A bull could say that is eminently reasonable, but remember that analysts tend to be overly optimistic, so today's earnings estimates are probably too high. Plus, if inflation heats up sometime down the road, that 13.6 price-earnings ratio may be too high. So, to be conservative, let's assume a P/E multiple of 11 on the $637 figure. That gives you a Dow of 7007. That's lower than the latest close but well above the March 9 low.


Outcome 2: Dow 5200, or 64% below the record high.

Probability: 30%

Suppose you don't buy the idea that business conditions will improve in the second half of 2009. Suppose the economy continues to sink and corporate profits go from lousy to dreadful. If so, maybe the likes of Johnson & Johnson and Wal-Mart Stores can hang tough and keep their earnings steady, but the industrial heart of the Dow average -- Boeing, Caterpillar, DuPont, 3M, United Technologies -- could see further deterioration in their businesses. They will issue cautionary outlooks regularly, lay off more employees and perhaps cut their dividends.

Under this scenario, figure a $15 haircut on the Dow's earnings, to $65. With gloom pervasive, investors will trim back what they're willing to pay for those still-iffy earnings, so figure a P/E of 10. Divide $65 by the Dow divisor, multiply by 10 and you get Dow 5177. Ouch!


Outcome 3: Dow 3000, or 79% below the record high.

Probability: Less than 10%

Spooked by higher inflation, fast-rising interest rates and still-weak profits, investors knock down the Dow to book value. Book value, also known as net worth, is the gap between a company's assets and its liabilities on the balance sheet, divided by the number of outstanding shares. For the Dow to trade at book value would be truly ugly, tantamount to declaring the irrelevance of stocks.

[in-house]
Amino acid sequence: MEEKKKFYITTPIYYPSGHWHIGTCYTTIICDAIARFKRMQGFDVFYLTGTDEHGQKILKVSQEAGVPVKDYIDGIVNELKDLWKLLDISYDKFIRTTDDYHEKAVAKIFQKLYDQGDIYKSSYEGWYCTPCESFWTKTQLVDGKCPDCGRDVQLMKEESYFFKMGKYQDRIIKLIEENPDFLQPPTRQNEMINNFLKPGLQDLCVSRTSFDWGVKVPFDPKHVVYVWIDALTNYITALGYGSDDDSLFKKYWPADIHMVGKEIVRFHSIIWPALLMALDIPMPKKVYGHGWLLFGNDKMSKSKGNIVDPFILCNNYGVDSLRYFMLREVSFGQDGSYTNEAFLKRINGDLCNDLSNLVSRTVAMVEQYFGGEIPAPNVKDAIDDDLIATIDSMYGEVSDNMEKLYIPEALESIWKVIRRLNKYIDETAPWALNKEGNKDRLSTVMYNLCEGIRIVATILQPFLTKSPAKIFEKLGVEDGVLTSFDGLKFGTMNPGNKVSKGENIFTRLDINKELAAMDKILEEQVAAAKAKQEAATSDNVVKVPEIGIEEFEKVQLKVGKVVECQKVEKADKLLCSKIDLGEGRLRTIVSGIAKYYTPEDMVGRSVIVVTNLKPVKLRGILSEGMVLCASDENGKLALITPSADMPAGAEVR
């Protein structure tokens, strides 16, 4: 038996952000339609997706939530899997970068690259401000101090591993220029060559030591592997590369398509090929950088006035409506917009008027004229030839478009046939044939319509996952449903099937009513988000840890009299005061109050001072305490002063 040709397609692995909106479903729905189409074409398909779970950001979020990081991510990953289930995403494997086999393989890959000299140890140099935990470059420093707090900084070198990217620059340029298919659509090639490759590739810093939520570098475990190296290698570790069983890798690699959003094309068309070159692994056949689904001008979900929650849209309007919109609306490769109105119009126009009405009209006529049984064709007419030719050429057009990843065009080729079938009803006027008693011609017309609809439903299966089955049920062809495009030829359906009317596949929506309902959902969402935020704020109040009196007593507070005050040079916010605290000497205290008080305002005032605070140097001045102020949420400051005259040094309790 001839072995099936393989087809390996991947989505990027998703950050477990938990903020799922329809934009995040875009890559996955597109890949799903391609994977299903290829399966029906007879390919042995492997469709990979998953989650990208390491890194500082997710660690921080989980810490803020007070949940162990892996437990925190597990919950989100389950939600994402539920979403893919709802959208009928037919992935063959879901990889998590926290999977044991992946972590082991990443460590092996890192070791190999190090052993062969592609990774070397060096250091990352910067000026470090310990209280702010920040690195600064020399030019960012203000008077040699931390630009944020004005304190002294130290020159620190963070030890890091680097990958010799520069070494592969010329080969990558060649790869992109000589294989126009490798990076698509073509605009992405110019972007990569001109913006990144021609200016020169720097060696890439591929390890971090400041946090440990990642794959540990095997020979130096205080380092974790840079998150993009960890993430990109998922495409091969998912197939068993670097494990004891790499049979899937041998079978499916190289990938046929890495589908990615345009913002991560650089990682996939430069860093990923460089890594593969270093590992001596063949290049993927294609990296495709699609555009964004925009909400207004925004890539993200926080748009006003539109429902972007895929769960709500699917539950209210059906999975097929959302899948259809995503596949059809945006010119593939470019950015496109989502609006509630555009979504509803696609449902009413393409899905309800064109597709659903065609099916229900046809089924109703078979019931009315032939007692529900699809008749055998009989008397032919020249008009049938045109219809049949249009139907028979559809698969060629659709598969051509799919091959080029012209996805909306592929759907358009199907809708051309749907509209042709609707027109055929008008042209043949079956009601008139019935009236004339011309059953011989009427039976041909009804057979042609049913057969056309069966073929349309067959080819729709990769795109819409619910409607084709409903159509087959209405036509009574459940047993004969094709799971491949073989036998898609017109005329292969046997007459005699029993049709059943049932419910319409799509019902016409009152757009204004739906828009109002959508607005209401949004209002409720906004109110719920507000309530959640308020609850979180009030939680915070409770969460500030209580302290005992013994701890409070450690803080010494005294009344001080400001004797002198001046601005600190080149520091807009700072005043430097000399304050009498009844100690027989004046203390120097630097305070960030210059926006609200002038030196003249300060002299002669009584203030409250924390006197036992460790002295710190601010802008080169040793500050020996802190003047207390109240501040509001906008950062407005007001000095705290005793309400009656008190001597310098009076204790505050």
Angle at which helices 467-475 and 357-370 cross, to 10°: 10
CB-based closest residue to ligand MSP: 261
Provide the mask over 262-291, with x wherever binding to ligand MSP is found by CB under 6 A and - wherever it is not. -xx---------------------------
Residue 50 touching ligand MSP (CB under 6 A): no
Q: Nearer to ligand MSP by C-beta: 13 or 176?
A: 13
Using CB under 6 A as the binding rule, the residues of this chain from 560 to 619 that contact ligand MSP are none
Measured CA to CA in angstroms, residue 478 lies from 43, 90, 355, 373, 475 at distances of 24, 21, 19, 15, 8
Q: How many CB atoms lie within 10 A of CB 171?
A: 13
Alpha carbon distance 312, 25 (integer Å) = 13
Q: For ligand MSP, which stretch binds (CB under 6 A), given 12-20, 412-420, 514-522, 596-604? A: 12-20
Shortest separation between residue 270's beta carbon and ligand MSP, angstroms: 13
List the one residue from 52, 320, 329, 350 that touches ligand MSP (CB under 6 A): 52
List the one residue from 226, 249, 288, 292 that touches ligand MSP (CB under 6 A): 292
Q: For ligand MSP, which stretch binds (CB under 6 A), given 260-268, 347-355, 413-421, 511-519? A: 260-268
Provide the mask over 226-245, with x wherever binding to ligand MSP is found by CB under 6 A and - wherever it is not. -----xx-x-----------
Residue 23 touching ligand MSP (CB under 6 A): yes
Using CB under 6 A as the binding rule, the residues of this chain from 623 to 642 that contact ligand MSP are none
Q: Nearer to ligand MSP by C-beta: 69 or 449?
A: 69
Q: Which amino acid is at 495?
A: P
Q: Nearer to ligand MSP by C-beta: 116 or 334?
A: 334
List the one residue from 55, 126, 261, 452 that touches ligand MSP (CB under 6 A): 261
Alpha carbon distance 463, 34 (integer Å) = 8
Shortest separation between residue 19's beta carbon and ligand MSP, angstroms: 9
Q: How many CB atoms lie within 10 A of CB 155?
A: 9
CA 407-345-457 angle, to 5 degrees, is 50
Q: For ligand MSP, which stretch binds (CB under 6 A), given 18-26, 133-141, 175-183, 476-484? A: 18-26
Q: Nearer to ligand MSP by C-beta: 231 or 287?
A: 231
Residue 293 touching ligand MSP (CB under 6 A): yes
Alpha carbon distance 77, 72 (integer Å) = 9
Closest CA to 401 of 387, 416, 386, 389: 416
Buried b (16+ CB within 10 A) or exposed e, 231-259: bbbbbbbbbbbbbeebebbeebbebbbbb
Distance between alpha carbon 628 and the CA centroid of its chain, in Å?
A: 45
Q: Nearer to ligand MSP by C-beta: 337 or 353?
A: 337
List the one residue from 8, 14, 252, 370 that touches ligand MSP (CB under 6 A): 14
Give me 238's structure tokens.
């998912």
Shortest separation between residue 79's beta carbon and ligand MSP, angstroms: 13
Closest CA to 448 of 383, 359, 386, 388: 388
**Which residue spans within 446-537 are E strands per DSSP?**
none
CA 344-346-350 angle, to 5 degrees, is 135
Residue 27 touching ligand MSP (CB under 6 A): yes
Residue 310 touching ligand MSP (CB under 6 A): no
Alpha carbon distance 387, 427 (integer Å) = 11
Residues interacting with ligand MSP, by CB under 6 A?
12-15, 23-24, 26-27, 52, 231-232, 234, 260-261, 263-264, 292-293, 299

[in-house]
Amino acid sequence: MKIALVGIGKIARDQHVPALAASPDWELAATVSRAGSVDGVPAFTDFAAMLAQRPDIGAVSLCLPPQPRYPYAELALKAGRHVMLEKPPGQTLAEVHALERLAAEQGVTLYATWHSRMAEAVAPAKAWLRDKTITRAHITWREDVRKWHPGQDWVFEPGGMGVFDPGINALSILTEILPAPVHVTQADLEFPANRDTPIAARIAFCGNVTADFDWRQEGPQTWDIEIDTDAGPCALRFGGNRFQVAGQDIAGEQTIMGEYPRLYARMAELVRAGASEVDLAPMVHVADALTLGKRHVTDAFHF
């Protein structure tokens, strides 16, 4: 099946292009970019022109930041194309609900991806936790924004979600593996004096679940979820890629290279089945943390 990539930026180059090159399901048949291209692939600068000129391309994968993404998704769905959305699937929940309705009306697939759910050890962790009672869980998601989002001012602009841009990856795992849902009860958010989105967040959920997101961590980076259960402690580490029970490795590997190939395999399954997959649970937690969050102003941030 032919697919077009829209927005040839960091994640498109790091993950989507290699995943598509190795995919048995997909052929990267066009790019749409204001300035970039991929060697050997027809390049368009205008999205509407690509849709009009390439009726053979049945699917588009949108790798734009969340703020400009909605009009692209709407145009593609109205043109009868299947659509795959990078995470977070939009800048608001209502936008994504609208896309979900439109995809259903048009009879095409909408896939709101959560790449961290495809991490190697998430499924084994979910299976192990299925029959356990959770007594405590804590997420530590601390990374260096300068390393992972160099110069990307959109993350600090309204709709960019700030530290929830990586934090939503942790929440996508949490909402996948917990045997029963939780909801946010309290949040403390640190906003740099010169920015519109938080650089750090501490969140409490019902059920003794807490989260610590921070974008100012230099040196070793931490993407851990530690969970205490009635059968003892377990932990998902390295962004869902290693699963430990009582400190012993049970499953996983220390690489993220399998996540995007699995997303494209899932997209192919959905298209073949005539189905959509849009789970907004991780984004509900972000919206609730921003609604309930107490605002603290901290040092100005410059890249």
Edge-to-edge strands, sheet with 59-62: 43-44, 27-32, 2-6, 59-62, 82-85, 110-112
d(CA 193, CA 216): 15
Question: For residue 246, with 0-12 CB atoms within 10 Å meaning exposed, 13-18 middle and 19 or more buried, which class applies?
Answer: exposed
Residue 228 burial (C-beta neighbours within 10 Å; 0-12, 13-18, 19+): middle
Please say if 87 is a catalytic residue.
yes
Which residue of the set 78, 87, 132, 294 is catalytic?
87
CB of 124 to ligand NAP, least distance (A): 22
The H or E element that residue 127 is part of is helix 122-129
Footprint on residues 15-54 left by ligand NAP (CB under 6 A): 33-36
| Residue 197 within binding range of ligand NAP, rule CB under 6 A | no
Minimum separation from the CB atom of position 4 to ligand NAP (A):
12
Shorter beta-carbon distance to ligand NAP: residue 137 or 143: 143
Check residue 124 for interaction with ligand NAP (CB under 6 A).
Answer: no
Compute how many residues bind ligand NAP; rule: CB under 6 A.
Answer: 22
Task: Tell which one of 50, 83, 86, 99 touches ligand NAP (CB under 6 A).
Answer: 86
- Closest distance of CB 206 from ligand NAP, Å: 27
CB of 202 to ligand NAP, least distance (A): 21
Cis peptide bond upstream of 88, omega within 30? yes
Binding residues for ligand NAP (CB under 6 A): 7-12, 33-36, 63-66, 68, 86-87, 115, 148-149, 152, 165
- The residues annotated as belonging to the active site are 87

It would essentially be saying that investors assign no value to corporate America's future profits and dividends. After all, it's the expectation of future profits and dividends that causes investors normally to value shares as a multiple of profits and of the net worth on the balance sheet. It is also why the shares of money-losing companies do not automatically trade at zero. But if the future offers shareholders nothing of value, why own the stock at any price? Why not just buy a company's bonds, which at least promise to pay out cash (in the form of interest) on a regular basis?

As of the March 23 close, the Dow industrials trade at 2.5 times the average's book value of 3115. From 2003 until the end of 2008, by contrast, the Dow 30's price-to-book-value ratio swung between 2.9 to 4.2. On a price-to-book basis, the Dow has already taken quite a beating.

But David Tice, the founder of what is now called the Federated Prudent Bear fund, thinks the economy is in such a mess that the Dow will eventually fall to roughly book value (see view From His Lair: Dow 3500). Tice specifically calls for the Dow to bottom at 3500, but why stop there? Under this wretched scenario, figure on the Dow hitting book value, which will probably drop a bit from its current level as Dow members report additional losses. But whether the Dow bottoms at 3000 or at 3500 is practically beside the point. In either case, it's a wipeout.

Outcome 4: Dow 1558, or 89% off the record high.

Probability: Near zero

Why so precise with this horrific scenario? The 89% plunge is precisely how much the Dow fell from 1929 through 1932, the period coinciding with the onset of the Great Depression. If the Dow drops to 1558, a level it last saw in January 1986, it would almost surely signal an economic cataclysm, followed by unfathomably high unemployment and mass homelessness.

But as gloomy as things appear now (maybe they're a little less gloomy after the Dow's nearly 500-point advance on March 23), the bet here is that steps taken by the U.S. and other nations will avert a depression and help bring an end to the recession, probably by the end of 2009. If so, the question isn't how low the Dow can go, but whether we're in a new bull market and how much the venerable benchmark can recover.